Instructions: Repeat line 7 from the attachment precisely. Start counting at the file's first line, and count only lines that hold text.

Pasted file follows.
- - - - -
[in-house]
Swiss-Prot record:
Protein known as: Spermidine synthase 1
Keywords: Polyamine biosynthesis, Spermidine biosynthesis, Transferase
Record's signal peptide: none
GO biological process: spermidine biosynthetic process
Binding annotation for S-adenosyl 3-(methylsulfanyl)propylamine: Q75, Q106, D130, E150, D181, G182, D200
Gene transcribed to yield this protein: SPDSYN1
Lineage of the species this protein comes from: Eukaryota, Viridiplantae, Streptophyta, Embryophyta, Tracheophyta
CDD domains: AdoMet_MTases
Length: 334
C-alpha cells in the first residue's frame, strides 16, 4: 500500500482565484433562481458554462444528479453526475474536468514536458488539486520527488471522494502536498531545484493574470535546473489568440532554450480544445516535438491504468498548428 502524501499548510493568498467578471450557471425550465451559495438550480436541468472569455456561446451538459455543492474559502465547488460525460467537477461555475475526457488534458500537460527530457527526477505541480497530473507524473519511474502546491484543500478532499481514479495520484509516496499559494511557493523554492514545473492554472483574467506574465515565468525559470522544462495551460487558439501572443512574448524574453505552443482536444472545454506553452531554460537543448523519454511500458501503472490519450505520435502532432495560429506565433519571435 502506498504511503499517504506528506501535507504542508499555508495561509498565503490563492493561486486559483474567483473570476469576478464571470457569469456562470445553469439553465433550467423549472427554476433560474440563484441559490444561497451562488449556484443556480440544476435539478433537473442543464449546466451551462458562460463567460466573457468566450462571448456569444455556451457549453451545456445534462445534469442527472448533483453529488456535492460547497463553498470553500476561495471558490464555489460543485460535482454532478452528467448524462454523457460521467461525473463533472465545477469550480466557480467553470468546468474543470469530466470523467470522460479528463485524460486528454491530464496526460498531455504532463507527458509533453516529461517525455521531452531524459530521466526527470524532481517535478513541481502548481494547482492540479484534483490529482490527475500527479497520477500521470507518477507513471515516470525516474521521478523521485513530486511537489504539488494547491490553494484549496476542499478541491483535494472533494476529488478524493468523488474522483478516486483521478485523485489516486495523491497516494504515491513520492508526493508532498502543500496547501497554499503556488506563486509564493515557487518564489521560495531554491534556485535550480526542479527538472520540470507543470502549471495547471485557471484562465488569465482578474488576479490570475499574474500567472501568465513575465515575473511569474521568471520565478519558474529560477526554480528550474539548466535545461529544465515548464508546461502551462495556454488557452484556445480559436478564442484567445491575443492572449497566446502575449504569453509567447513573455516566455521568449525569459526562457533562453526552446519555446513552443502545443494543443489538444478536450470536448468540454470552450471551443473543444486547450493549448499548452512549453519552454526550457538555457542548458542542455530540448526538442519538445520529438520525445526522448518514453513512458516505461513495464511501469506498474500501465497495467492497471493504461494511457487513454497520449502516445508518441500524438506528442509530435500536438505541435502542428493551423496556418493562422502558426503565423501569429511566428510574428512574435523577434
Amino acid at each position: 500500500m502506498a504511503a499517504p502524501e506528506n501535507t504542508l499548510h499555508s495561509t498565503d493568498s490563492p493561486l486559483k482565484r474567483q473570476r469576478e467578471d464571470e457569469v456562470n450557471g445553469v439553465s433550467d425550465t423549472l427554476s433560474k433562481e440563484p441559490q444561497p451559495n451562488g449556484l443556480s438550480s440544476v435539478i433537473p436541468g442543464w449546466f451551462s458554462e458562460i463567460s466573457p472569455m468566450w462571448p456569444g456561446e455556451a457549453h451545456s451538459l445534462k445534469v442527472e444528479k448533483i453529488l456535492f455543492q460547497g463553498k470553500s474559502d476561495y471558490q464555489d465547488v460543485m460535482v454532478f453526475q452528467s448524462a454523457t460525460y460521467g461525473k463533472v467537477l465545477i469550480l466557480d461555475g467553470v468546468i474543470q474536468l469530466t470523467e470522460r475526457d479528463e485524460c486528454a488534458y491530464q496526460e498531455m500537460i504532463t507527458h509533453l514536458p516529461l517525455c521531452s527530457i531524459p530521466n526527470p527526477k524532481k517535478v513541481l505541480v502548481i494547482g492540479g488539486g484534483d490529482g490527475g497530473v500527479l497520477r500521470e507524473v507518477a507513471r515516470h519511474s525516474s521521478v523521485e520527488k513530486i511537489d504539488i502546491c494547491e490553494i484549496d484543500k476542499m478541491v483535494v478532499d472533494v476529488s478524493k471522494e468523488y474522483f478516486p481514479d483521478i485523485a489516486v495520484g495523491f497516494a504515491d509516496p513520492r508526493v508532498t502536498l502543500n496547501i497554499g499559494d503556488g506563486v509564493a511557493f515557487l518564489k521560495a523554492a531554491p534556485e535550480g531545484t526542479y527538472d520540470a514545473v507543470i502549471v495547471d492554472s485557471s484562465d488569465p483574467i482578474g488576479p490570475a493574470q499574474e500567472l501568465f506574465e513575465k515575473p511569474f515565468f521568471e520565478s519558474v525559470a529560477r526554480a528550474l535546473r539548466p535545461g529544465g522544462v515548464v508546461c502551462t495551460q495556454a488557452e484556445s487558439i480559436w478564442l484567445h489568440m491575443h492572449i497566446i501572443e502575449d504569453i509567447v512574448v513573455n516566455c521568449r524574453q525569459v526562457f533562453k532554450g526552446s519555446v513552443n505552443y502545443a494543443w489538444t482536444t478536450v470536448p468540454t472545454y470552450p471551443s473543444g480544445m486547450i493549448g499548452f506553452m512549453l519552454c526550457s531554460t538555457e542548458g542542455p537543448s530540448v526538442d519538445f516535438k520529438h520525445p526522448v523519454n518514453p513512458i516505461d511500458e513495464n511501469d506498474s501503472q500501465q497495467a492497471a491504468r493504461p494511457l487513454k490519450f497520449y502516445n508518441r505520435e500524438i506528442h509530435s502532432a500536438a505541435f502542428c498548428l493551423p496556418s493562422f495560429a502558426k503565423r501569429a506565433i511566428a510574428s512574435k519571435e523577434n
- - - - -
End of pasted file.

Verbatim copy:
Binding annotation for S-adenosyl 3-(methylsulfanyl)propylamine: Q75, Q106, D130, E150, D181, G182, D200